NLRB sides with Big Labor over main-street
By: U.S. Rep. Billy Long
In late August, the National Labor Relations Board (NLRB) announced what is likely to become the most economically damaging ruling in recent history. Their decision in the Browning-Ferris Industries of California, Inc. case intends to open the door for labor unions to increase in size by vastly expanding joint employer standards. Now, centralized companies will now have control over ground-level business decisions currently made by independent franchise owners despite their previous contract guidelines.
This ruling directly threatens our country’s independent entrepreneurial spirit with costly liabilities and broad moving-target regulations that are bad for franchisees and franchisors. Parent companies are now legally responsible for mistakes of franchise owners. To meet this demand, they’ll be forced to increase corporate locations to limit these liabilities, and will undoubtedly amend pre-existing licensing agreements with higher fees to meet rising cost demands.
Our country is home to nearly 800,000 independent franchises that make up a part of almost every major industry. Many of their owners have spent their entire lives establishing and building these businesses. These entrepreneurs may be forced to give up operational control, and be transitioned into managerial roles. Hiring decisions, employee standards, product flow choices, and other day-to-day responsibilities could all be shifted to corporate oversight. Some franchise owners will even be forced to close their doors, leaving their employees jobless.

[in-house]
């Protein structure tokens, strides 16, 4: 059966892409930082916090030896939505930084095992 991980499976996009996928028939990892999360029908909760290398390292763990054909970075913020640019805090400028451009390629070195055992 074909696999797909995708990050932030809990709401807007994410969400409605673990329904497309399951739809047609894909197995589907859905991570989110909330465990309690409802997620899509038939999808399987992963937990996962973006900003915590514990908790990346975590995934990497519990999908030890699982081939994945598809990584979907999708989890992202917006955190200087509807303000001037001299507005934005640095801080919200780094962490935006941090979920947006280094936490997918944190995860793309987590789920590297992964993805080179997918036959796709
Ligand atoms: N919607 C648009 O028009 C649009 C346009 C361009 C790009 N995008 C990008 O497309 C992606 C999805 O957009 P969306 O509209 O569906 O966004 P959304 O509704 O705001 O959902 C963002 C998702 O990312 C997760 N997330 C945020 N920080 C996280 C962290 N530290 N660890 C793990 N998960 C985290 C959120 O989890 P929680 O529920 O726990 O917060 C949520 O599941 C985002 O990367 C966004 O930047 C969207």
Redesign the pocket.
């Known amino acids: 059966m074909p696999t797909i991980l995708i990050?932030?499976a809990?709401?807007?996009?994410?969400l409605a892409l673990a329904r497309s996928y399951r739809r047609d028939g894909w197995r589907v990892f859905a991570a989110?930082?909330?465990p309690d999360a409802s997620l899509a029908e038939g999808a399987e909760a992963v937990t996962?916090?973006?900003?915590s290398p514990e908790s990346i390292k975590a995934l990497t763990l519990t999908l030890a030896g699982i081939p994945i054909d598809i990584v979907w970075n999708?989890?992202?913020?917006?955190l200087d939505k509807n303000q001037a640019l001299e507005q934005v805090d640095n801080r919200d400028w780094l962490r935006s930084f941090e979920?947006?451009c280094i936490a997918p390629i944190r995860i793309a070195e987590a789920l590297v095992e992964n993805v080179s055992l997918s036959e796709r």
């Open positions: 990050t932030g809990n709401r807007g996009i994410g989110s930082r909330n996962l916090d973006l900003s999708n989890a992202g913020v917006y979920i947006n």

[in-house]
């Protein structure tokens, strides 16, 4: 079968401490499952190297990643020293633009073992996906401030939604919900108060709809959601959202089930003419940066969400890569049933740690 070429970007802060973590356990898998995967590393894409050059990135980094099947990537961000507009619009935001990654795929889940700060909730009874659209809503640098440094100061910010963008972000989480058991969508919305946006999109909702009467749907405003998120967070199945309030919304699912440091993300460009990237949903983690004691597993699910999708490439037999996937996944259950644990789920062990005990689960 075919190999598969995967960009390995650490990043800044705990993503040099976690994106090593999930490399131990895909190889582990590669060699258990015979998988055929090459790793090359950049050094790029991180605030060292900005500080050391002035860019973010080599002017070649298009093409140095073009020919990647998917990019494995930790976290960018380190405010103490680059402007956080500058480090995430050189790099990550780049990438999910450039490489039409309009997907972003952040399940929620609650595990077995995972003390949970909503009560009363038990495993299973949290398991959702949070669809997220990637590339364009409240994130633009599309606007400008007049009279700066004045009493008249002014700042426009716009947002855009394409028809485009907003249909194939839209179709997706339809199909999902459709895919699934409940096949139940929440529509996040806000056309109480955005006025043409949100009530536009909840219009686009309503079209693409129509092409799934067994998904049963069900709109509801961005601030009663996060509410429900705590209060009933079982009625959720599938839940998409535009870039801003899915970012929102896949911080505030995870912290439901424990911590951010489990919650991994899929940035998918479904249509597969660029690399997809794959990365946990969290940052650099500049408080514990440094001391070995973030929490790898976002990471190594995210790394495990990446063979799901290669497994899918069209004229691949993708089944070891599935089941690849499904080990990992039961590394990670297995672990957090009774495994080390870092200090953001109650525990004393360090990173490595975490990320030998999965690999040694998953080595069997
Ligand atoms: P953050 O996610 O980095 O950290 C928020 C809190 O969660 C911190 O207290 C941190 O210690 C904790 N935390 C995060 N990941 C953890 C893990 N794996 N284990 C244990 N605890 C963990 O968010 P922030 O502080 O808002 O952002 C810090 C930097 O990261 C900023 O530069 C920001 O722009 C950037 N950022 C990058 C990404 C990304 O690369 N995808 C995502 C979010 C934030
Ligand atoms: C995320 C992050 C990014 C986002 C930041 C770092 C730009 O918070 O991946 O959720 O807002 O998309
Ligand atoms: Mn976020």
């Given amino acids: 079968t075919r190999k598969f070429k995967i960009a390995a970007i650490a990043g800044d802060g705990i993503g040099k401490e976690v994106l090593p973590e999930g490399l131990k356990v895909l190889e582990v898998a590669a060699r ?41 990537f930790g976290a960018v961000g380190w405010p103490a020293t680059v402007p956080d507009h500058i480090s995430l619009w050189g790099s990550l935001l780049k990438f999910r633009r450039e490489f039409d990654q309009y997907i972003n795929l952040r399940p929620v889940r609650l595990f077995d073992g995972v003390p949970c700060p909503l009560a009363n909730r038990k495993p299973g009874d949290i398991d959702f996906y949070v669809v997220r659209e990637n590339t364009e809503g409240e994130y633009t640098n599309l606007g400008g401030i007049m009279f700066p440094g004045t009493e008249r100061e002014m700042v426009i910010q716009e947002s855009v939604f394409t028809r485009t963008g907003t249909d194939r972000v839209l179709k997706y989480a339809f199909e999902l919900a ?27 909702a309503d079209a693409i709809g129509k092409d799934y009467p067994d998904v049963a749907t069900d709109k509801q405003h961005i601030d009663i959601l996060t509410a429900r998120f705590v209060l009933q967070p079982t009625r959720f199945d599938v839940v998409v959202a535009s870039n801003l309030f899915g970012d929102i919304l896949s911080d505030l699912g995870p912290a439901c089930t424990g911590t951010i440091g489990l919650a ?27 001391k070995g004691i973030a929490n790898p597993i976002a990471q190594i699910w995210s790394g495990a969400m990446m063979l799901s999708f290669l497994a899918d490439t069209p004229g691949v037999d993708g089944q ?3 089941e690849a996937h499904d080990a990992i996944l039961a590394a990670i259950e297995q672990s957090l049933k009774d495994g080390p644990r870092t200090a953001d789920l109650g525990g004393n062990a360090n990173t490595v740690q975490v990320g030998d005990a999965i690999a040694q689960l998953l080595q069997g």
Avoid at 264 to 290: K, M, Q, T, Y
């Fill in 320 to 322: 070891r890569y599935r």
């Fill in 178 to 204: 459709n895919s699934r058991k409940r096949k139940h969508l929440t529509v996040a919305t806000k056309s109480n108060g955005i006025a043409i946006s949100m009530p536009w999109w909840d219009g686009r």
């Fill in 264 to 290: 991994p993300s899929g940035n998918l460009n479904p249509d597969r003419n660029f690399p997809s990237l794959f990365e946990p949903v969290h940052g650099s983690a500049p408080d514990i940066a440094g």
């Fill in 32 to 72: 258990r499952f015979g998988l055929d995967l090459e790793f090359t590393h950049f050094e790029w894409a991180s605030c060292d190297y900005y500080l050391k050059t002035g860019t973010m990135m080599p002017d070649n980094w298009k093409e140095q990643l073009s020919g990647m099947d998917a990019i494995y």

But it doesn’t stop there; even intermediary temporary staffing agencies will feel heavy burdens stemming from the ruling’s resulting ability of temporary workers to unionize. Liability and bargaining responsibilities for these workers are now shared by these agencies and the employers it placed them with, despite their lack of control over what may happen under an employer’s watch. The NLRB has essentially forced them into a costly complete restructuring of their business models.
I support fair workplace rules that protect both employees and employers and promote employer flexibility and economic growth, but this ruling completely loses sight of the realities employers face. In uncertain economic times, I believe we need to do what we can to create an environment that fosters job creation and that will not happen by placing more costs and burdens on business. While no one doubts that labor violations should be punished, we cannot afford to inflict this kind of regulatory burden on our business sector.
The franchise model is a crucial staple of America’s free-enterprise spirit. The American Dream means the chance for those who have nothing to provide a better future for them and their families. This decision threatens to stain that reputation, and I will work tirelessly on behalf of families and entrepreneurs to pressure the NLRB to change this rule.
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